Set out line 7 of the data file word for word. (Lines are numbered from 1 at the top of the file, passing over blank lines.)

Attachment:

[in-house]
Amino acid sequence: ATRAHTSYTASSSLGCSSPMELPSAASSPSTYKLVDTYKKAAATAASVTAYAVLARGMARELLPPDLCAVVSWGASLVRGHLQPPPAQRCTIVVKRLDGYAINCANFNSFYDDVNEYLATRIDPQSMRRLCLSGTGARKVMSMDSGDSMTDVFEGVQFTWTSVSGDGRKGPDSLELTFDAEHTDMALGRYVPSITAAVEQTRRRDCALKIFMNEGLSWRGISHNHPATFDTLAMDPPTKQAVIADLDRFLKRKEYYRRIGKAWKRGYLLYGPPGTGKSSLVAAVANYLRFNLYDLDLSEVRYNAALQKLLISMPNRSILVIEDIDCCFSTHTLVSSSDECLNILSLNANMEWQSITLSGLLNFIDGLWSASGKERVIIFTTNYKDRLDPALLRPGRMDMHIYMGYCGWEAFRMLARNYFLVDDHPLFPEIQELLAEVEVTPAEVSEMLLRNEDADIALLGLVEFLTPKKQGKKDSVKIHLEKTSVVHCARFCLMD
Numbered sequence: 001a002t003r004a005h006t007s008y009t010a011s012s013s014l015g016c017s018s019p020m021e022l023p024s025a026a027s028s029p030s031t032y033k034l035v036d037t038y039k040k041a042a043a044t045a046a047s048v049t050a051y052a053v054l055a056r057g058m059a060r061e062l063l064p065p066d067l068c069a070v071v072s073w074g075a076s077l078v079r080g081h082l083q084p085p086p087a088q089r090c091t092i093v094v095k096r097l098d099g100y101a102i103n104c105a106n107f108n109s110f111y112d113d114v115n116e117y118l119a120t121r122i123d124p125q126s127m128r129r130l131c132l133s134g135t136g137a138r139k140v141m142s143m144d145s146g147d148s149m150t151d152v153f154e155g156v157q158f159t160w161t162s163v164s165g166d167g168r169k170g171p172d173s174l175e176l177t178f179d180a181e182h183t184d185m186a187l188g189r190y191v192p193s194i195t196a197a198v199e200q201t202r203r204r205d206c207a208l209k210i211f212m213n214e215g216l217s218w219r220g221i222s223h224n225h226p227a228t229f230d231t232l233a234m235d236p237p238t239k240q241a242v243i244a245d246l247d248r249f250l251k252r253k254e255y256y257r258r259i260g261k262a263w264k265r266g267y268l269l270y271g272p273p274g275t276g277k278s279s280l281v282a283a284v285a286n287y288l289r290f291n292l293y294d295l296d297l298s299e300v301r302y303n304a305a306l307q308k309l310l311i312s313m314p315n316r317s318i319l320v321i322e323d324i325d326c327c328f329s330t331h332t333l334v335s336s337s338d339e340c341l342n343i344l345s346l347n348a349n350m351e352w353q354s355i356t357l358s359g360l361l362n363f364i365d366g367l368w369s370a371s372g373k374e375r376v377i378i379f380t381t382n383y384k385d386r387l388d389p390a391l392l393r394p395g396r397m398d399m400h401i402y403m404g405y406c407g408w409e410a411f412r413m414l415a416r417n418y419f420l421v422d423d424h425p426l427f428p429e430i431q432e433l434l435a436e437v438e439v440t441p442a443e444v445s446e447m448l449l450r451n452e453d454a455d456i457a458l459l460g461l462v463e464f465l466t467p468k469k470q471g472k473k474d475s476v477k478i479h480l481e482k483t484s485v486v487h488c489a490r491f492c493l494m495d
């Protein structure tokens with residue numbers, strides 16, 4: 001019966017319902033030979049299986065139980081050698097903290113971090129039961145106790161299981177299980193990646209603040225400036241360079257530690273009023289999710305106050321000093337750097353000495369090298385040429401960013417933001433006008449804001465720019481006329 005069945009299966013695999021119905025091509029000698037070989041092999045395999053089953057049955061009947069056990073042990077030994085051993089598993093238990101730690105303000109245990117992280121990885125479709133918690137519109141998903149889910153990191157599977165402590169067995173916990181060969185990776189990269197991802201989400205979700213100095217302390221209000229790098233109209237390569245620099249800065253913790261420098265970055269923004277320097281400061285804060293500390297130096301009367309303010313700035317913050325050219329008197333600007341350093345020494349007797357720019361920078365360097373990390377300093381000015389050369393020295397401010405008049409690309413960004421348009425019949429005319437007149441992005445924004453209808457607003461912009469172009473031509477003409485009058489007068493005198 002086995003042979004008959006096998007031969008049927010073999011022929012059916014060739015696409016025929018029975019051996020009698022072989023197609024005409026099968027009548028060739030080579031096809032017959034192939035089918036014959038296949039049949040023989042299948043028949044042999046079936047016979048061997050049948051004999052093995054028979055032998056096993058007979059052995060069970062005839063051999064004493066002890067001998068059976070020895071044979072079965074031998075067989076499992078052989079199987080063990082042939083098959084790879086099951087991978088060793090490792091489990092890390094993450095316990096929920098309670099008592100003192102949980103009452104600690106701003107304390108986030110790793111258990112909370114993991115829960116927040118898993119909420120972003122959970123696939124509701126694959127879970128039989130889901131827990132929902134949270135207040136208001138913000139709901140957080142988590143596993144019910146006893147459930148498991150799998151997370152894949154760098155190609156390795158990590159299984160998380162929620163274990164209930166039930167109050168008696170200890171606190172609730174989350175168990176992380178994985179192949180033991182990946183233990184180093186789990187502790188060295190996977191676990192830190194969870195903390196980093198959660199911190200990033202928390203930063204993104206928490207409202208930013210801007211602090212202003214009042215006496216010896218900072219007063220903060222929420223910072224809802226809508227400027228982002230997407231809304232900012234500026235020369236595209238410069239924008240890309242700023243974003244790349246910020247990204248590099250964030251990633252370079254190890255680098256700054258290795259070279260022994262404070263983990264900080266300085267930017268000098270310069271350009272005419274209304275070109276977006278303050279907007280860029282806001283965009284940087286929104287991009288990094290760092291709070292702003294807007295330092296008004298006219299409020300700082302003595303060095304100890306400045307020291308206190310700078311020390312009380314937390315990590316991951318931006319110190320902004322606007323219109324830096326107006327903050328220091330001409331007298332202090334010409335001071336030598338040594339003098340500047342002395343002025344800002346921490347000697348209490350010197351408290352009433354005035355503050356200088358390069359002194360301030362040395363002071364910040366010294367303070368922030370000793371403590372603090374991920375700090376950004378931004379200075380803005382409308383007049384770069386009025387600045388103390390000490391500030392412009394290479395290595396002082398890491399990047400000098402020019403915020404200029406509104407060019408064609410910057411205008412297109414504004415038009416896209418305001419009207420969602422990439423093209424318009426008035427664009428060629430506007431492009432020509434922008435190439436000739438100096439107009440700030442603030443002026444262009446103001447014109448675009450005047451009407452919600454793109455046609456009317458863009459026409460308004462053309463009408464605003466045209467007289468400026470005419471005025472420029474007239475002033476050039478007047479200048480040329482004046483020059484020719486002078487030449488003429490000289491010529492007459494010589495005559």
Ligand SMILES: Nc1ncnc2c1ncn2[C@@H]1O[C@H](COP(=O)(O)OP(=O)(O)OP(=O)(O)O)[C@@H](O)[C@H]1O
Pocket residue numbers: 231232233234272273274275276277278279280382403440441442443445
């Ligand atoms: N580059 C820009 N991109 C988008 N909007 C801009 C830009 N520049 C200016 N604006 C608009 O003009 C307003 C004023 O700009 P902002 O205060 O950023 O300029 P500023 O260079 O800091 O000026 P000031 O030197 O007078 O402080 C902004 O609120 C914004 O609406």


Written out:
């Ligand atoms: N580059 C820009 N991109 C988008 N909007 C801009 C830009 N520049 C200016 N604006 C608009 O003009 C307003 C004023 O700009 P902002 O205060 O950023 O300029 P500023 O260079 O800091 O000026 P000031 O030197 O007078 O402080 C902004 O609120 C914004 O609406």